All pupils in compulsory education will resume their lessons 100% in the classroom from Monday 10 May, Education Minister Caroline Désir (PS) announced on Wednesday after a meeting with the stakeholders of the French-speaking school system.
A similar announcement followed later in the day for Flemish schools.
“It is absolutely essential that all pupils return to the classroom for both pedagogical and psychological reasons, particularly for the youngest, the most vulnerable, those who have dropped out passively or actively, and pupils attending qualifying courses,” Désir said.
The Minister would have preferred to resume in-person instruction on 3 May, according to Le Soir.
But on the basis of the opinion of health experts, cautious in the face of the slow decrease in transmissions in our country, it was decided to postpone that return by one week.
“By 10 May, at the same rate, we will have vaccinated at least 600,000 additional people, certainly a large majority of the over-55s and some of the over-45s, and we will have protected the most vulnerable,” said Désir.
“Additionally, we will have deployed self-tests to better prevent clusters, in addition to the classic PCR test.”
- A year of lockdowns has left young athletes out of shape and out of practice, experts worry
- Schools must protect staff before resuming face-to-face teaching, education union says
Teachers' unions have mixed feelings about the return.
“On the one hand, we can obviously be pleased that we have seen a plateau in the number of contaminations, which allows a return to the classroom, but on the other hand, we remain in a situation where teachers lack confidence,” Roland Lahaye of the CSC-Enseignement union told Belga News Agency on Wednesday.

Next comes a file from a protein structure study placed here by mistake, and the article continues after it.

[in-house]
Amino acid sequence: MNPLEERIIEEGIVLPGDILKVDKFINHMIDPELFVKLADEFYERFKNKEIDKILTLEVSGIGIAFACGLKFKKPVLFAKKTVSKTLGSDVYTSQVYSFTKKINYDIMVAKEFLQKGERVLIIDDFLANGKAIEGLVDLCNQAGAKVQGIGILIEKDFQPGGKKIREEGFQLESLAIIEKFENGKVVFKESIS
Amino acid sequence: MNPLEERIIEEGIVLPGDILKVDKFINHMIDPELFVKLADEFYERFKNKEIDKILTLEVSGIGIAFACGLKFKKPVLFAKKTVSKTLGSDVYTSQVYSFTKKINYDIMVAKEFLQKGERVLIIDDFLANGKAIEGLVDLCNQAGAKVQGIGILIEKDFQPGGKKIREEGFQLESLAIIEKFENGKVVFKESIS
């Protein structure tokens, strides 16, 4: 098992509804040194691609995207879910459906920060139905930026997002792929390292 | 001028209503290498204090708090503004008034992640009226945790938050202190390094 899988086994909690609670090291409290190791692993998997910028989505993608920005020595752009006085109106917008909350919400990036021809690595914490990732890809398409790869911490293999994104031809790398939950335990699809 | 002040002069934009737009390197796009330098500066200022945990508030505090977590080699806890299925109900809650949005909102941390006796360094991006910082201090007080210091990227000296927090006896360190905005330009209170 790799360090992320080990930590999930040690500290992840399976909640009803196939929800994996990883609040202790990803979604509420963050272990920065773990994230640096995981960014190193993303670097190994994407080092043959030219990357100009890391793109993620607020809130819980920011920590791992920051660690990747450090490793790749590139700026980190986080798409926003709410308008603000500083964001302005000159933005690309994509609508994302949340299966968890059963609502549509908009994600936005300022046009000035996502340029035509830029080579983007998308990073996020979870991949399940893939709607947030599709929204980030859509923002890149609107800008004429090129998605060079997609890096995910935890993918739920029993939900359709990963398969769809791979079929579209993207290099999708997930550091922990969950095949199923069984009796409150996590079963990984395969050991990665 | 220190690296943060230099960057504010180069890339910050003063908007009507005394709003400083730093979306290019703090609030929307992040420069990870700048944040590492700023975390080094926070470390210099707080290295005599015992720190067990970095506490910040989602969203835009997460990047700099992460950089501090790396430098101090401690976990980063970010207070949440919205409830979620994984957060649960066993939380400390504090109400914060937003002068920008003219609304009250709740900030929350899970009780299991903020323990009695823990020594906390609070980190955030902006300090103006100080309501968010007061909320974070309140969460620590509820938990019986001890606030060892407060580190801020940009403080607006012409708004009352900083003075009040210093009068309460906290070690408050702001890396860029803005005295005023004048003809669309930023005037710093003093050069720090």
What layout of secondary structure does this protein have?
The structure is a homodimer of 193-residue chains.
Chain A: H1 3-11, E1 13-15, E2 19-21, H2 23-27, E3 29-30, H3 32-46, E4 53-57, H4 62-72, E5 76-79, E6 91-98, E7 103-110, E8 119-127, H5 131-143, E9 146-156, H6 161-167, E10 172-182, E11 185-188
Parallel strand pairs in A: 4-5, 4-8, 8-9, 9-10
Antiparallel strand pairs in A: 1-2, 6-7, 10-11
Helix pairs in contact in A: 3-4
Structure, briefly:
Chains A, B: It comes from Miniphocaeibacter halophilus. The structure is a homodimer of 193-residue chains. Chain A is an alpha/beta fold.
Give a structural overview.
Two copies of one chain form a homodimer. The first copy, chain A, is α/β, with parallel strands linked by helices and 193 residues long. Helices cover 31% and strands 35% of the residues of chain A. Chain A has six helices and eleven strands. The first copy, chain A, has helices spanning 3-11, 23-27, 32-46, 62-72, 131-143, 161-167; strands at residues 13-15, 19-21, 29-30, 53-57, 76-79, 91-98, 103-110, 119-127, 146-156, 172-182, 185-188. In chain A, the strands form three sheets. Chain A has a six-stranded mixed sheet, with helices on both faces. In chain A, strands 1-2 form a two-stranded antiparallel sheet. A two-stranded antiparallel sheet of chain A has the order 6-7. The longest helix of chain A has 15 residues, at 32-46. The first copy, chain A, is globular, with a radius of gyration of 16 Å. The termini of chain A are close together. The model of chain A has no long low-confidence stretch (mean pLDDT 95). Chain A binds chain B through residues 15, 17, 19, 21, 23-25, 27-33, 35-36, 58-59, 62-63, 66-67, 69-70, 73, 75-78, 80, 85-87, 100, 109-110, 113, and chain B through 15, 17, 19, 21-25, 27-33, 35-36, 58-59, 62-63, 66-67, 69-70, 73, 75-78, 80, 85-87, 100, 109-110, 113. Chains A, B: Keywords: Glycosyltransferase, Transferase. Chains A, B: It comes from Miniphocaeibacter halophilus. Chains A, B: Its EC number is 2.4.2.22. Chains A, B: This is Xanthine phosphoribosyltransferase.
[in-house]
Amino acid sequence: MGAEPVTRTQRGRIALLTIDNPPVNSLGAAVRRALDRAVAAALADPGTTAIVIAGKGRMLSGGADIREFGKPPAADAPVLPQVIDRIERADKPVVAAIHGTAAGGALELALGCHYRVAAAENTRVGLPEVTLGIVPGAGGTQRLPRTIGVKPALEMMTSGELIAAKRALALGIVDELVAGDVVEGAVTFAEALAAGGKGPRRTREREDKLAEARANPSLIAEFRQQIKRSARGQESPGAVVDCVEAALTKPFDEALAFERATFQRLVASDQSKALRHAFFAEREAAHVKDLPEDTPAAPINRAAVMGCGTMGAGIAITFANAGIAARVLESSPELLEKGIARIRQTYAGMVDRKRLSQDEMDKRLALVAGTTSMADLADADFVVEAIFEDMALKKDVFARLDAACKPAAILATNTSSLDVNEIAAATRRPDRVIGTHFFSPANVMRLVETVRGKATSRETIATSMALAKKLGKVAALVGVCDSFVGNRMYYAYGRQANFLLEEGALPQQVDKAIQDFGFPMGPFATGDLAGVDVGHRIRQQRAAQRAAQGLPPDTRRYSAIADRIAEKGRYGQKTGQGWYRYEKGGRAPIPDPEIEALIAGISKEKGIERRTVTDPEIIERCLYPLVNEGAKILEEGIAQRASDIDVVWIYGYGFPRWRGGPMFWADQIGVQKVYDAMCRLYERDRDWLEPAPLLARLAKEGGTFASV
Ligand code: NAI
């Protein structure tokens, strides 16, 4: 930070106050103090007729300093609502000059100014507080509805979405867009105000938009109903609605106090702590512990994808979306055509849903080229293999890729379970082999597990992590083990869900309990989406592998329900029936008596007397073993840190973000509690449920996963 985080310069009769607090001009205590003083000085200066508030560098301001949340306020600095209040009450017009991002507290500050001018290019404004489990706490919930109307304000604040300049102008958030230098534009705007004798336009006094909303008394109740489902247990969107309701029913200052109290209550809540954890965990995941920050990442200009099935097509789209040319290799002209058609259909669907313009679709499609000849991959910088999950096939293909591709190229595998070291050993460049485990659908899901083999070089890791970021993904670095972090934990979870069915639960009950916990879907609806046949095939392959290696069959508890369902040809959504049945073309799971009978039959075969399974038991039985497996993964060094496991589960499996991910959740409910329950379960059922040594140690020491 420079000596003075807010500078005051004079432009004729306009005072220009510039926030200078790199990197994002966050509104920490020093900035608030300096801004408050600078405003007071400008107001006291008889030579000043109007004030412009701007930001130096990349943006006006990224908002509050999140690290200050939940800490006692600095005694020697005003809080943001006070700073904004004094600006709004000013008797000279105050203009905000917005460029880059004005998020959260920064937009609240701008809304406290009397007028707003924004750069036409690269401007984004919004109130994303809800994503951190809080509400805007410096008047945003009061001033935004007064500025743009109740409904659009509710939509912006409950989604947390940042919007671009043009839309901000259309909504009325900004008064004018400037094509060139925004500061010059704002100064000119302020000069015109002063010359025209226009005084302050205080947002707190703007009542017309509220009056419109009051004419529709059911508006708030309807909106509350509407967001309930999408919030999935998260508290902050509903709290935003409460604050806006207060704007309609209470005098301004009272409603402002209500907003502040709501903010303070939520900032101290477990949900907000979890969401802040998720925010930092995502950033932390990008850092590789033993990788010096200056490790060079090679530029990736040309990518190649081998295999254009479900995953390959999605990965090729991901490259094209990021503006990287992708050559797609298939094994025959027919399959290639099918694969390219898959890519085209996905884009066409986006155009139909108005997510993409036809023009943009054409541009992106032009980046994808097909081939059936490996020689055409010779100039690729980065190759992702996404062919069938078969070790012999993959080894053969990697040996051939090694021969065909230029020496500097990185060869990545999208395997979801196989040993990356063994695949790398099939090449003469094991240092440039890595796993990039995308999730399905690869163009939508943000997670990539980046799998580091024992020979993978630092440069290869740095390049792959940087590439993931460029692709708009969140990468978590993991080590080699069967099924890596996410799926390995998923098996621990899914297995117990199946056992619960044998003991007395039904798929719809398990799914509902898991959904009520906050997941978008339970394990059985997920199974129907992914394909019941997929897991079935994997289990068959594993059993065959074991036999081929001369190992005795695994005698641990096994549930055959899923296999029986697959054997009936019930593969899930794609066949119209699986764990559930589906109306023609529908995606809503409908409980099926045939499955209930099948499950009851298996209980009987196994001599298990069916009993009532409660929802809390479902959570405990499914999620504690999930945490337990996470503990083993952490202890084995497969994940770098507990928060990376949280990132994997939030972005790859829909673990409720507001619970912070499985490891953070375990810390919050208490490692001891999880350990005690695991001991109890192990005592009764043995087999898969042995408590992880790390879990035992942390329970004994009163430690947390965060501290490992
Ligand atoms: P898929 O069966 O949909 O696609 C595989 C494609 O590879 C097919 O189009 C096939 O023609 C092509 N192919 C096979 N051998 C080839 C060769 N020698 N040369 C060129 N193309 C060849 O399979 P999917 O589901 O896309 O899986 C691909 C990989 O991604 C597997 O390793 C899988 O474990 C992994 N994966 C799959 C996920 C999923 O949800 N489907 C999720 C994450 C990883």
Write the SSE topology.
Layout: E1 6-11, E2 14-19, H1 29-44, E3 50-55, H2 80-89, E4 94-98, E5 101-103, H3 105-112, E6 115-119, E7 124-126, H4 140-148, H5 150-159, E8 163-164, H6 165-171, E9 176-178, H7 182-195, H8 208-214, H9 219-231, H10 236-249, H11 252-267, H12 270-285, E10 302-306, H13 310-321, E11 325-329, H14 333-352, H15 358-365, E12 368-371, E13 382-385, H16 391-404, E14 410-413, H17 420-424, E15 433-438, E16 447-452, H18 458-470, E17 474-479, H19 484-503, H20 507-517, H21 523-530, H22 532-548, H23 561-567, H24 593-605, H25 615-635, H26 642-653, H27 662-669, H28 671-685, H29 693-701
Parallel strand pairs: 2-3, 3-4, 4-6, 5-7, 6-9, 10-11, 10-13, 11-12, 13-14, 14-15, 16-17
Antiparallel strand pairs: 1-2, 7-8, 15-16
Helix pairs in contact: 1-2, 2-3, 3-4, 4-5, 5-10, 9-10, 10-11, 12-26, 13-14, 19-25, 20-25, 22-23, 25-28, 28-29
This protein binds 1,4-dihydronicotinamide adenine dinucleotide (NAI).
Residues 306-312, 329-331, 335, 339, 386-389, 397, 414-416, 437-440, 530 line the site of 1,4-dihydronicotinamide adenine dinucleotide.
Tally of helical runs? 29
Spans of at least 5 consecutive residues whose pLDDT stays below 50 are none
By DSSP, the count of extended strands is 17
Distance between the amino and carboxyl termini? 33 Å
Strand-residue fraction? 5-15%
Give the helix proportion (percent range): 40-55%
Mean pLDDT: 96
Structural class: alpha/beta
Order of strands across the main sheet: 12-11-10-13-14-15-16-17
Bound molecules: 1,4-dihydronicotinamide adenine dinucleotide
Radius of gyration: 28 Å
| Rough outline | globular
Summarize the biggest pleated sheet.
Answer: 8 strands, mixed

“Safety measures are not properly applied in all schools. And we also regret that the policy has not made teachers a priority for vaccination. Vaccines are freely administered in Ronquières, but we are told that we don't have enough vaccines for the teachers.”
The sentiment was echoed by the CGSP-Enseignement union.
“I don't think much of this recovery,” its president, Joseph Thonon, said. “We would have preferred the hybridisation to continue until 30 June. By resuming on 10 May, we will have a total of 17 days of face-to-face classes for the students.”
“For them, this is good, but for the teachers, it means taking a major health risk for just 17 days. We're going to put up to 25 teenagers in the same class, side by side. And the older you are, the more likely you are to be contaminated.”
He doesn’t rule out discontent among teachers, but also doesn’t think a strike is likely.
There were also concerns from Setca-SEL, the socialist union for all free education.
“Two health experts… took part in the meeting on Wednesday, and they stressed the absolute necessity of respecting the sanitary measures in the schools,” said Emmanuel Fayt, president of the Setca-SEL.
“However, in some of them, there is still no hydroalcoholic gel, or no possibility to open windows, either because they are too old or because they have been closed. Ventilation is the key to health safety. It is absolutely essential to avoid classrooms becoming epidemiological bombs.”
The common trade union front for teachers is due to meet in the next few hours to decide on a common position.
Note: this article has been updated to reflect that Dutch-language secondary schools will also resume face-to-face instruction on 10 May.
The Brussels Times